Photo: Wikimedia Commons
More than 100 years after the Titanic’s demise, it is still eerie to look at the advertisements for the luxury steamer’s maiden voyage.Copy boasting squash courts and “Turkish and electric baths” accompanied beautiful — imaginary — pictures of the ship cutting through a welcoming, iceberg-free sea.
Less than half of the 2,224 passengers and crew on board the ship survived. Here’s why they signed on.
Here is an original ad for the Titanic's first (and last) voyage from Southampton, U.K., to New York City.
Its maiden voyage was on April 10, 1912. Tickets could be had for £6 and 10 shillings. Five days later, the ship was at the bottom of the ocean.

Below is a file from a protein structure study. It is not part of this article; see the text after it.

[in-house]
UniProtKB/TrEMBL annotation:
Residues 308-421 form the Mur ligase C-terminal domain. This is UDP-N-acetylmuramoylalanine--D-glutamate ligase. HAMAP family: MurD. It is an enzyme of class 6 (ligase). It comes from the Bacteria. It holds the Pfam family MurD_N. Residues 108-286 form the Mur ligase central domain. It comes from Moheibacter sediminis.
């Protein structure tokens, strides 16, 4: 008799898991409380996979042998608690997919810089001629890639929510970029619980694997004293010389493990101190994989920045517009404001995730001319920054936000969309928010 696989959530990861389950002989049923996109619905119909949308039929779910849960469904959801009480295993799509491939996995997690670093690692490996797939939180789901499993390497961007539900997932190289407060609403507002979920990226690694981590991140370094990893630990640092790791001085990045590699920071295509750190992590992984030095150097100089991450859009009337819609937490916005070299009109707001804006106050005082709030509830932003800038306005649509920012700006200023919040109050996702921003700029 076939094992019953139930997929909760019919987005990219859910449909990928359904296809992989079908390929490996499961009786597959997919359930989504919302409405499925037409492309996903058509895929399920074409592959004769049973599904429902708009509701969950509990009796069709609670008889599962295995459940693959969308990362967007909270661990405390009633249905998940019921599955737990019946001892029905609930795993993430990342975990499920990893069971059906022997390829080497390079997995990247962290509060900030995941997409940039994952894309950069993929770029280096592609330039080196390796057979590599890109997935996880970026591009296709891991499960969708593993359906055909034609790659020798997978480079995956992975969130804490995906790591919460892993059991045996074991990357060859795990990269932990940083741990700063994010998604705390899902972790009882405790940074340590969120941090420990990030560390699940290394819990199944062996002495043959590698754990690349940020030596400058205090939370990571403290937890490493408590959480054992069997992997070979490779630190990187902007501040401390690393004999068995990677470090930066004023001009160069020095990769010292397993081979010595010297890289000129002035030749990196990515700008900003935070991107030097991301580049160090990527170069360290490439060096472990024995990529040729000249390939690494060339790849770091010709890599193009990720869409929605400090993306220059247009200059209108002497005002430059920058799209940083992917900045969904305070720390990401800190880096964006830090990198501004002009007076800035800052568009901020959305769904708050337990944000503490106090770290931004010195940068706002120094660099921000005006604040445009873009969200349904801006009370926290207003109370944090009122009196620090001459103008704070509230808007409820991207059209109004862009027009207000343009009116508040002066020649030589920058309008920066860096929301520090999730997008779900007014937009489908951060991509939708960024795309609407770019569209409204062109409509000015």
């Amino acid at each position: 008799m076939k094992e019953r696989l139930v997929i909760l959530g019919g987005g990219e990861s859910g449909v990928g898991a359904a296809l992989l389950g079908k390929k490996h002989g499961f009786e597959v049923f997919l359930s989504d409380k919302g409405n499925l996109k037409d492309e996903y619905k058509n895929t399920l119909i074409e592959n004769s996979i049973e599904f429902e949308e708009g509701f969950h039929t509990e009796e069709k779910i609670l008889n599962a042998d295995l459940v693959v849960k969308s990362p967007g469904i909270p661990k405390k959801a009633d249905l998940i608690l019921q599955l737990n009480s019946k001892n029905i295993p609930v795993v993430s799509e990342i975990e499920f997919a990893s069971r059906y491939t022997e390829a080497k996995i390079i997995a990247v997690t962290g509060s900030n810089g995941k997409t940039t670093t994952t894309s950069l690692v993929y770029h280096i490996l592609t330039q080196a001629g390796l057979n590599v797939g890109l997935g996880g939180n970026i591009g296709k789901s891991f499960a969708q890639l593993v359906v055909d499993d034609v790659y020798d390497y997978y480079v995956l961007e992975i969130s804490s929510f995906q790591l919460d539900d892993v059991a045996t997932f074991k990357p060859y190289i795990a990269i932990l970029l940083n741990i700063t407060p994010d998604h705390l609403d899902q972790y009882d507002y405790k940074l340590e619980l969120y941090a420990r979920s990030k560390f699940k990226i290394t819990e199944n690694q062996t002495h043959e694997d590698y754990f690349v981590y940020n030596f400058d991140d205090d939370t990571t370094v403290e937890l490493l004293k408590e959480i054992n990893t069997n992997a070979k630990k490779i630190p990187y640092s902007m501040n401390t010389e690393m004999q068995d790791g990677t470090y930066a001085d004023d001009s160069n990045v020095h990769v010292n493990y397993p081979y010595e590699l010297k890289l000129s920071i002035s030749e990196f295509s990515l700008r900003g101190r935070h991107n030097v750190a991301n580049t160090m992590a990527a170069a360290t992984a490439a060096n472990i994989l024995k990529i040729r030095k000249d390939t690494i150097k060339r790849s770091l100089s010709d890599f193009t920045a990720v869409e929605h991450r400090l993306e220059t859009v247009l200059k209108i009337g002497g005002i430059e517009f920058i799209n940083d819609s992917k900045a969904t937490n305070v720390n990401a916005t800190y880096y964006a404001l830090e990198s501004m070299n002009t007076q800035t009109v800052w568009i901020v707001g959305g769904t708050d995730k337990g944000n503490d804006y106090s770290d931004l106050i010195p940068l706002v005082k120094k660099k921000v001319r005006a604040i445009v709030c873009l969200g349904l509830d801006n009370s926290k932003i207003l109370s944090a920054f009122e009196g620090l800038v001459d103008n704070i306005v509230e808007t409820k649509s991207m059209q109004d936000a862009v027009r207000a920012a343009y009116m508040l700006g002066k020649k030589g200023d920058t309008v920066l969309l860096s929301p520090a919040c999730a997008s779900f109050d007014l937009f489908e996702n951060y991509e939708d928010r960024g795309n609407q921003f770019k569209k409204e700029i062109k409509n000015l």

According to this ad, had the Titanic avoided the iceberg, the boat would have taken its second journey from New York back to Europe on April 20.
This ad was geared towards less elite travellers.
It lists third class prices and shows photographs of less luxurious accommodations.
To prevent mingling between the upper and lower class passengers, the Titanic was fit with gates to keep the groups separated. Many of these gates weren't opened after accident, leaving some of the poorer passengers to go down with the ship.
This ad boasts about the ship's 'French a la carte restaurant, Turkish and electric baths, swimming pool, four elevators, gymnasium, veranda cafe, palm court, squash racquet court.'
On the day the Titanic sunk, an ad for a sailing from New York to Europe appeared on the bottom right corner of the third page of the New York Times ... right next to an article about the ship's demise.
This wasn't an ad for the Titanic, but it is still eerie.
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